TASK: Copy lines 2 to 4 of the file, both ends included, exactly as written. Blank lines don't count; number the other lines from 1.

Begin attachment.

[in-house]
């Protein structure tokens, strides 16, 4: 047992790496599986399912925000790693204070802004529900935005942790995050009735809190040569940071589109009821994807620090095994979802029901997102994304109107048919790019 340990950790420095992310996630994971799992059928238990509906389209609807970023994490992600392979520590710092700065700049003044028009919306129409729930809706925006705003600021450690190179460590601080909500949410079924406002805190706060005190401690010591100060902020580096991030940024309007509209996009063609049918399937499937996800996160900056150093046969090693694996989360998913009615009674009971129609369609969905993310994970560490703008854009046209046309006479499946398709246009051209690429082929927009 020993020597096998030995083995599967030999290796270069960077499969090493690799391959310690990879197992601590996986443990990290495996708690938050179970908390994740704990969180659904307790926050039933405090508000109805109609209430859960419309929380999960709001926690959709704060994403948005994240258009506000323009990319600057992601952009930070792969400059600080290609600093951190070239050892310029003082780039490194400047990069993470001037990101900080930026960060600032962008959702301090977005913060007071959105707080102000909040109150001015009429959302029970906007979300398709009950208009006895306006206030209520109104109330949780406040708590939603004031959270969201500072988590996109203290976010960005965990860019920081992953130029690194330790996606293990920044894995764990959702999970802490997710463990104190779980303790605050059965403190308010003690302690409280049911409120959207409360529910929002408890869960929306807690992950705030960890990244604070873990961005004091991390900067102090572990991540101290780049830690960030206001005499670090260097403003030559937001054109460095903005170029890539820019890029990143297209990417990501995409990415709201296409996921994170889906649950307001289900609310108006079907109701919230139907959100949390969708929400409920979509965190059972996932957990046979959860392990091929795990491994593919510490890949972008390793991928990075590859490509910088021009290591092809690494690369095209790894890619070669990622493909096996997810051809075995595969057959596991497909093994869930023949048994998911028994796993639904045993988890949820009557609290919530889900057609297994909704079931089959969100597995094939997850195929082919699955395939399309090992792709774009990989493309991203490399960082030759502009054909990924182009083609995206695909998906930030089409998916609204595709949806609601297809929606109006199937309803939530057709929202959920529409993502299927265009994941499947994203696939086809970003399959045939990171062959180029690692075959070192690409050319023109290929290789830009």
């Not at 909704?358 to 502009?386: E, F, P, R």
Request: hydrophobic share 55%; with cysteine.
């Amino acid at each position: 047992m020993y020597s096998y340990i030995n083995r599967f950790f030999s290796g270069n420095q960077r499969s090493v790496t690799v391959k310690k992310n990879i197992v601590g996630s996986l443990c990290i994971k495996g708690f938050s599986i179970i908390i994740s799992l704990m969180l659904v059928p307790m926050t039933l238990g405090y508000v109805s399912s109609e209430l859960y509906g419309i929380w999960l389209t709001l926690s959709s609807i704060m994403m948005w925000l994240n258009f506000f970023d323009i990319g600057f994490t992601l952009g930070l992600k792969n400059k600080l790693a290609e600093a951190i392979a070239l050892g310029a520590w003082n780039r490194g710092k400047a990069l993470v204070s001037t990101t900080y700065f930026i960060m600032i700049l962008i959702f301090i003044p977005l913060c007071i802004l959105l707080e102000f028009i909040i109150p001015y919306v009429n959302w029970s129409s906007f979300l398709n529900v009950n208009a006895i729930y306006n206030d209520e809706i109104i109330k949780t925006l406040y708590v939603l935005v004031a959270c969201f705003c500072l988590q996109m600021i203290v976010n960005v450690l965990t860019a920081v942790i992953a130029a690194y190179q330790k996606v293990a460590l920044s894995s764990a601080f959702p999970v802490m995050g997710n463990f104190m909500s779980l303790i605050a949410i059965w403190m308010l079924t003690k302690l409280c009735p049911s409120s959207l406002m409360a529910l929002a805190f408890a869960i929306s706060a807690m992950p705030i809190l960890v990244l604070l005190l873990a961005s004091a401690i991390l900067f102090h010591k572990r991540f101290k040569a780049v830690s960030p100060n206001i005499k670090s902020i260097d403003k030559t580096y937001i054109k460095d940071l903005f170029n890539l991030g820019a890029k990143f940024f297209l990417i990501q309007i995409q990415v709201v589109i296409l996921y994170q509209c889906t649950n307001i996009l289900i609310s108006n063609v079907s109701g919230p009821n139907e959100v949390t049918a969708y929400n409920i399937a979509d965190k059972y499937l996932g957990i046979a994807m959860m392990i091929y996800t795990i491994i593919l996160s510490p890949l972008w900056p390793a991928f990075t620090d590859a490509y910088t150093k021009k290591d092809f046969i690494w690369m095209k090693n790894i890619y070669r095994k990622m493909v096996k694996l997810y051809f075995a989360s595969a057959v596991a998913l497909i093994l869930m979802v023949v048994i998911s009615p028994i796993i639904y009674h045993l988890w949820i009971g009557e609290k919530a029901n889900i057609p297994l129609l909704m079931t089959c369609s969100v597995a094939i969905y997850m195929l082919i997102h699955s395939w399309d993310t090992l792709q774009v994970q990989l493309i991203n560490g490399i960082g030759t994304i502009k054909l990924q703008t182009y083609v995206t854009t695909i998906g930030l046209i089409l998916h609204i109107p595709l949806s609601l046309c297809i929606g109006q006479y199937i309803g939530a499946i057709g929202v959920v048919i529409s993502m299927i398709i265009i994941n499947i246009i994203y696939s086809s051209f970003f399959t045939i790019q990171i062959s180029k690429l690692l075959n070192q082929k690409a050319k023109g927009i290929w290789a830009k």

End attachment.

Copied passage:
């Protein structure tokens, strides 16, 4: 047992790496599986399912925000790693204070802004529900935005942790995050009735809190040569940071589109009821994807620090095994979802029901997102994304109107048919790019 340990950790420095992310996630994971799992059928238990509906389209609807970023994490992600392979520590710092700065700049003044028009919306129409729930809706925006705003600021450690190179460590601080909500949410079924406002805190706060005190401690010591100060902020580096991030940024309007509209996009063609049918399937499937996800996160900056150093046969090693694996989360998913009615009674009971129609369609969905993310994970560490703008854009046209046309006479499946398709246009051209690429082929927009 020993020597096998030995083995599967030999290796270069960077499969090493690799391959310690990879197992601590996986443990990290495996708690938050179970908390994740704990969180659904307790926050039933405090508000109805109609209430859960419309929380999960709001926690959709704060994403948005994240258009506000323009990319600057992601952009930070792969400059600080290609600093951190070239050892310029003082780039490194400047990069993470001037990101900080930026960060600032962008959702301090977005913060007071959105707080102000909040109150001015009429959302029970906007979300398709009950208009006895306006206030209520109104109330949780406040708590939603004031959270969201500072988590996109203290976010960005965990860019920081992953130029690194330790996606293990920044894995764990959702999970802490997710463990104190779980303790605050059965403190308010003690302690409280049911409120959207409360529910929002408890869960929306807690992950705030960890990244604070873990961005004091991390900067102090572990991540101290780049830690960030206001005499670090260097403003030559937001054109460095903005170029890539820019890029990143297209990417990501995409990415709201296409996921994170889906649950307001289900609310108006079907109701919230139907959100949390969708929400409920979509965190059972996932957990046979959860392990091929795990491994593919510490890949972008390793991928990075590859490509910088021009290591092809690494690369095209790894890619070669990622493909096996997810051809075995595969057959596991497909093994869930023949048994998911028994796993639904045993988890949820009557609290919530889900057609297994909704079931089959969100597995094939997850195929082919699955395939399309090992792709774009990989493309991203490399960082030759502009054909990924182009083609995206695909998906930030089409998916609204595709949806609601297809929606109006199937309803939530057709929202959920529409993502299927265009994941499947994203696939086809970003399959045939990171062959180029690692075959070192690409050319023109290929290789830009």
């Not at 909704?358 to 502009?386: E, F, P, R």
Request: hydrophobic share 55%; with cysteine.